Outsourcing has been a regular item on the agenda of most businesses regardless of scale because it works. How you manage the outsourcing agreement impacts how effectively it generates productivity for your business.
It has been a proven strategy for business development. Proof: the global outsourcing industry has not had a period of decline since the start of the new millennium. Its estimated global market value is $500 billion.
A few years ago, when I began with online marketing, I wrote content and did outreach for a niche that didn’t particularly interest me, and I often found myself doing many things I never enjoyed. These tasks were so time consuming that they were a nightmare to my productivity. Luckily, a friend with real experience in business recommended that I outsource all the work I didn’t enjoy doing.
Since then, I’ve learned a great deal about outsourcing. Here’s my top 10 list of best practices that help entrepreneurs maximize this venture.
- Develop a complete understanding of outsourcing.
Businesses that turn in an unfavorable report on their outsourcing experience do so because they have made the most grievous error prior to the commencement of the outsourcing arrangement; they neglected or failed to develop a complete understanding of the concept of outsourcing. As a result, they enter the venture with unrealistic expectations. Conduct a comprehensive study on outsourcing through research, references, and third party interviews. The study will become your reference point in developing your outsourcing framework.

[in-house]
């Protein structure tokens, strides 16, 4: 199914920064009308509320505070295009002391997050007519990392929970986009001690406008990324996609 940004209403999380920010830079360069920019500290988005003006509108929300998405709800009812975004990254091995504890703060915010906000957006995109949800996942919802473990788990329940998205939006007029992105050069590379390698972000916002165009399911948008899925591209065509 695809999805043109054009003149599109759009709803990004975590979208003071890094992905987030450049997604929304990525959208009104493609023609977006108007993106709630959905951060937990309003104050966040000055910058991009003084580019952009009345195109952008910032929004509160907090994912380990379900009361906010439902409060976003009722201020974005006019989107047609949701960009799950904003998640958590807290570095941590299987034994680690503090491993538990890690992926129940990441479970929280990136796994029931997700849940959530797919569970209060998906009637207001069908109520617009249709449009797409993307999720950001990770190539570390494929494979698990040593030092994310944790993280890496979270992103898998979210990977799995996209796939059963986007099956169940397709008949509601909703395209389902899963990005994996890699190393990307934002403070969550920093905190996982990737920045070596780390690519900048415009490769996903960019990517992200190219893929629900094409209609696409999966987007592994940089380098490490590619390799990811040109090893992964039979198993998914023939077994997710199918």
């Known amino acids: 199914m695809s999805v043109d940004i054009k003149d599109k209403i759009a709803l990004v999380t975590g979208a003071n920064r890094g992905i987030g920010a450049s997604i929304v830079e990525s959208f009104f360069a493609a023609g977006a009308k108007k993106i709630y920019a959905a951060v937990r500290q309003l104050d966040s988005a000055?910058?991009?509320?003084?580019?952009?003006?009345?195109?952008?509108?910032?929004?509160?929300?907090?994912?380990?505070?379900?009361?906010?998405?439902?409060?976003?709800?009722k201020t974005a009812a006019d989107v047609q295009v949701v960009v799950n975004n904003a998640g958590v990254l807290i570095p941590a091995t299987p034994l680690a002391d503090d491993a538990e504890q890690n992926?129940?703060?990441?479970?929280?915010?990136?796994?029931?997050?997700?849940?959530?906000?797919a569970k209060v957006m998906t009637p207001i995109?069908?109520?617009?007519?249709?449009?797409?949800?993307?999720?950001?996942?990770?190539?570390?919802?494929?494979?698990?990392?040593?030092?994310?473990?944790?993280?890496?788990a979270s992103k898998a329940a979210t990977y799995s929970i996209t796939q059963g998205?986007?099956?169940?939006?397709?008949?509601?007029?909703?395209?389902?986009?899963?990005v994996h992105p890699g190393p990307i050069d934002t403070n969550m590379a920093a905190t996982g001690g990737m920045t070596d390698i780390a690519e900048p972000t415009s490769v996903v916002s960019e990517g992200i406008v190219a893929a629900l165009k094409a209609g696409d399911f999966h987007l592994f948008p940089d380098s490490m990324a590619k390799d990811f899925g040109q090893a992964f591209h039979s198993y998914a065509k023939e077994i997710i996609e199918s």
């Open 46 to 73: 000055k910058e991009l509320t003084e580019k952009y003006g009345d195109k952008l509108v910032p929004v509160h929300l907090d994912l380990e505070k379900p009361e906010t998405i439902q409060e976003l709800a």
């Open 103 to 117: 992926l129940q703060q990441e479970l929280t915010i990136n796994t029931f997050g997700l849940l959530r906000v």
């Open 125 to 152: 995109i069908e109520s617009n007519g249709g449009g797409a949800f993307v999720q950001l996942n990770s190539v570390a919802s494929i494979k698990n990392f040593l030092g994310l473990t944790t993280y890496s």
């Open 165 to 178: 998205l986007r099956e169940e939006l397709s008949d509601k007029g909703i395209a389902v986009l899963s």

- Define the scope, purpose and vision of your outsourcing project.
Most businesses still view outsourcing only as a cost-saving strategy and are completely oblivious in its ability to contribute to activities that generate revenue. While this is due to an incomplete understanding of outsourcing, it is also because businesses have not properly identified the scope of the outsourcing project, its purpose and vision. What are your objectives? What do you want to accomplish with this venture? Businesses that fail to define the parameters of the engagement will not know how to maximize the full extent of outsourcing’s capabilities.
- Qualify Right-Fit service providers.
Even if you are on a tight timetable, do not pick the first service provider that submits a proposal. Always create a short list of candidates, perhaps 4-5 service providers and thoroughly review their respective proposals. Conduct due diligence work on all candidates and make this as thorough as possible. Finally, invite each candidate to a comprehensive, all-encompassing interview and extract as much information as you can on the entities as well as the personalities. The objective is to find the service provider that best fits your company’s profile.
- Respect the Learning Curve.
When you’re outsourcing, understand that what you’re doing is developing talent to manage certain aspects of your business. It doesn’t matter if the service provider has 1 year or 10 years of experience; an entirely new learning process will take place and this will have to be respected. You have to designate the first quarter of operations as part of the learning curve and allocate time for orientation, training, and periodic testing periods. Establish metrics and use these to chart the progress of the service provider.
- Do not select based on pricing.
Like any first time entrepreneur, I judged virtual assistants by the salaries they demanded. This was a mistake. Initially I was looking to hire assistants who were willing to do a lot of work for cheap. The work they did was very sloppy and, most of the time, useless. After months of working with virtual assistants, I chose the best ones that worked hard. While I paid them almost double, it was worth it. I am sure I’m getting the work I need done to be properly completed.